It’s scary to see actors age.
In her essay, “The Theory of Receptivity and Some Thoughts
on Ethan Hawke’s Face,” Michelle Orange reflects on watching Ethan Hawke’s face
Life began to show itself as more than a series
of days, or movies, all in a row, which I might or might not attend. He was
gaunt and slightly stooped, but it was his face—rough skin and sunken cheeks,
with an angry, exclamatory furrow wedged like a hatchet blade between his
eyes—that transfixed me. Some said he’d come through a divorce, and it took its
toll; that that’s what life does to people. I’d heard about such things but
never really seen it in action on the face of someone only a few years older than
me. There was something awful and yet so marvelous, so real and poignant and
right, about Ethan Hawke’s face, and about getting to see it in this beautiful
meditation on what life does to people, a ten-years-in-the-making sequel to a
film about people too young and smitten to be too concerned about what life
might do to them.
The public response to actors’ aging is uncomfortable, but it is
also inevitable and it isn’t necessarily always about sexism. We comment on the
changing appearance of actors and musicians like Ethan Hawke, Jared Leto, Elvis
Presley, Christian Bale, and Marlon Brando, their bodies held to similar
scrutiny as new lines and wrinkles emerge and bodies grow fatter or more gaunt
with age or for deliberate movie roles.
Actresses are afforded a different type of pity than aging
male actors, one that lacks the same tenor of existential gravitas. While we worry
about a fading sense of self in men, we worry about fading beauty in women.
When Renee Zellweger attended Elle’s 21st Century Women in Hollywood
event recently, tabloids immediately started reporting on Zellweger’s “new”
face, which does look significantly different and probably is the result of
both natural aging—as well as a heck of a lot of plastic surgery.
In some ways it is easy to criticize Zellweger and other
women who have gone under the knife. We call them vain, or brainwashed, or stupid
for making these choices. It’s harder, for whatever reason, to assess a culture that is
unforgiving about every single body change that a woman will go through over the
course of her life from puberty to after menopause. We judge whether a women
weighs too much or too little. We judge whether women have children or don’t
have children. We judge whether or not they breastfeed. We judge whether women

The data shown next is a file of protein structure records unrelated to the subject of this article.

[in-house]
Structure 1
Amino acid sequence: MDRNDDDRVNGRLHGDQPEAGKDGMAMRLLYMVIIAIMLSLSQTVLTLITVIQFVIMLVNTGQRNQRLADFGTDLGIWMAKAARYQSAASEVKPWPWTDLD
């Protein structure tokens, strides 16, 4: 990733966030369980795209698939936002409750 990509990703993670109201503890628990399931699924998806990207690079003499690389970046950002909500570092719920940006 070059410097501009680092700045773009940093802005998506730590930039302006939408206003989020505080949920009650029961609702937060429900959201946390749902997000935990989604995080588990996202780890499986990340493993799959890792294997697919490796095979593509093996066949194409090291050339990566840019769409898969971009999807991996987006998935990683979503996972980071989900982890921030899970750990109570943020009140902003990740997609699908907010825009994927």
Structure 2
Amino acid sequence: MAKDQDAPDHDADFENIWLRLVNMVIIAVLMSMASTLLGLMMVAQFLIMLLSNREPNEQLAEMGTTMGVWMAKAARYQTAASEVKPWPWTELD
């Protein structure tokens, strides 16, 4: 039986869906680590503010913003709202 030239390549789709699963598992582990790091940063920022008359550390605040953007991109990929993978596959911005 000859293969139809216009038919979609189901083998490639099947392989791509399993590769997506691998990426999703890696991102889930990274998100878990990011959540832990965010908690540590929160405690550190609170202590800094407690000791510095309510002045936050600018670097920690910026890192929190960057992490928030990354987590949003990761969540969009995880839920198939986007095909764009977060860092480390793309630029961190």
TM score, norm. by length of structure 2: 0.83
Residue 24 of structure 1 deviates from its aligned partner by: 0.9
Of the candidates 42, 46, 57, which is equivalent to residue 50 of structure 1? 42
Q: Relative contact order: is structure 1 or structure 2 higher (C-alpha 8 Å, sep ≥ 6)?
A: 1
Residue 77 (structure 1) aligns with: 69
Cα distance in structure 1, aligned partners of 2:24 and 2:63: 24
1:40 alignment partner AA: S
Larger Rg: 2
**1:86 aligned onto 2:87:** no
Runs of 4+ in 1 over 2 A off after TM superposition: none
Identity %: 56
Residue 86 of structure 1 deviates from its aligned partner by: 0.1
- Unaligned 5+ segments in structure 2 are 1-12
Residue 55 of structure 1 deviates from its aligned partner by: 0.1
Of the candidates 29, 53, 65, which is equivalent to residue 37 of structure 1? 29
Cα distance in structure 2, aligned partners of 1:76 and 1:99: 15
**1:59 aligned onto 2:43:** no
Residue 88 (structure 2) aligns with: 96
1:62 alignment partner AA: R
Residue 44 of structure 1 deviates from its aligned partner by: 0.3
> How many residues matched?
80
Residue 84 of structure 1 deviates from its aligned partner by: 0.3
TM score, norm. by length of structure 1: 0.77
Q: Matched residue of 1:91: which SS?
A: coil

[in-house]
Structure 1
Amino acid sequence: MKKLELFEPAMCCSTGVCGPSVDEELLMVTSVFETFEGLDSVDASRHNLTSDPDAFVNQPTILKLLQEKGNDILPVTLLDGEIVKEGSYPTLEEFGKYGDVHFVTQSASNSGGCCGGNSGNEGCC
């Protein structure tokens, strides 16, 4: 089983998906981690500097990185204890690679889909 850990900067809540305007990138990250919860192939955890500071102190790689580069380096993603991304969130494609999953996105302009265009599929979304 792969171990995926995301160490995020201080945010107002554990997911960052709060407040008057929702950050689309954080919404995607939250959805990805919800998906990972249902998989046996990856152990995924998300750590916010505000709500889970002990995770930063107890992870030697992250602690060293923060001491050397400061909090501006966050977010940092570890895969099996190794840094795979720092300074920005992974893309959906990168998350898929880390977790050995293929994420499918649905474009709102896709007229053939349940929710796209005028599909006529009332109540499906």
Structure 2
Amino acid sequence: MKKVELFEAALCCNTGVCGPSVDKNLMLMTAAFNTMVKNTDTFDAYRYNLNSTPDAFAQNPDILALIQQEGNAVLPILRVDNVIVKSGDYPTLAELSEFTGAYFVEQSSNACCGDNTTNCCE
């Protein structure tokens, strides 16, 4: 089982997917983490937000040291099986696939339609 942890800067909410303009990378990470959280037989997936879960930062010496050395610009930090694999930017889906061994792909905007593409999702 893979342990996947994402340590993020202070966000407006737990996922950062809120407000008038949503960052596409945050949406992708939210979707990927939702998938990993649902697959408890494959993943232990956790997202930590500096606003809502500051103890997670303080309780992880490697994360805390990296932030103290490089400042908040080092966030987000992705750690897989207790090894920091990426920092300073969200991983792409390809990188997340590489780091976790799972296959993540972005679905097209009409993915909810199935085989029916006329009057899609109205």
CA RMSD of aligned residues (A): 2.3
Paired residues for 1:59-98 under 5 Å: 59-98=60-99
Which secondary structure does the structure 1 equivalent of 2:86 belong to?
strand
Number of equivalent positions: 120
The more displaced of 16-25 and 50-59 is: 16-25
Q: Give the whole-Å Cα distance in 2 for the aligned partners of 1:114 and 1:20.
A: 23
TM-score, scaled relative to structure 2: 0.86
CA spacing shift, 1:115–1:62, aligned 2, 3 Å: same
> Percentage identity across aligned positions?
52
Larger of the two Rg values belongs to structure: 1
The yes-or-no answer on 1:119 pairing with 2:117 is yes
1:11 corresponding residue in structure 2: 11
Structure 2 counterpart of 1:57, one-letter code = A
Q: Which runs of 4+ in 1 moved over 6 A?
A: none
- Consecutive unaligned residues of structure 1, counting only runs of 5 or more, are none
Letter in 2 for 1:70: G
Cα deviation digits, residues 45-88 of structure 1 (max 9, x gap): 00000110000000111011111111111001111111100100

dye their hair or still wear miniskirts past the age of 40.
As Anne Helen Peterson points out in her article, “What’s
Really Behind The Ridicule of Renee Zellweger’s Face?”, Zellweger is
particularly vulnerable to this kind of treatment because she was sold to her
audience as a symbol of youth. Zellweger’s efforts to essentially retain her
trademark “look” by way of surgery is perceived by many as especially gauche since she
is meant to symbolize a type of effortless prettiness. We hate seeing bad
plastic surgery on aging female faces, because it represents an acknowledgement of how
much the Hollywood image is mere smoke and mirrors, how the bill of goods we
are sold is so often just a bag of lies.
In an age where selfies are a dime a dozen, and the past is
hidden under a barrage of newer and newer tweets, we are constantly in the
process of building our “brand,” of crafting our identity. In this kind of
culture, the worship of youth feels almost inevitable, but then again our
obsession with female beauty always began and ended with the ultimate Hollywood
image of soft, exquisite, female perfection. Think of Marilyn Monroe, a woman
whose outside effectively masked that which was inside from the dawn of her status
as an icon onwards, and whose early death ensured that, even after we’d learn about her
frustrations, heartache and unsung potential, we’d never see that gorgeous
Arielle Bernstein is
a writer living in Washington, DC. She teaches writing at American
University and also freelances. Her work has been published in The
Millions, The Rumpus, St. Petersburg Review and The Ilanot Review. She
has been listed four times as a finalist in Glimmer Train short story
contests. She is currently writing her first book.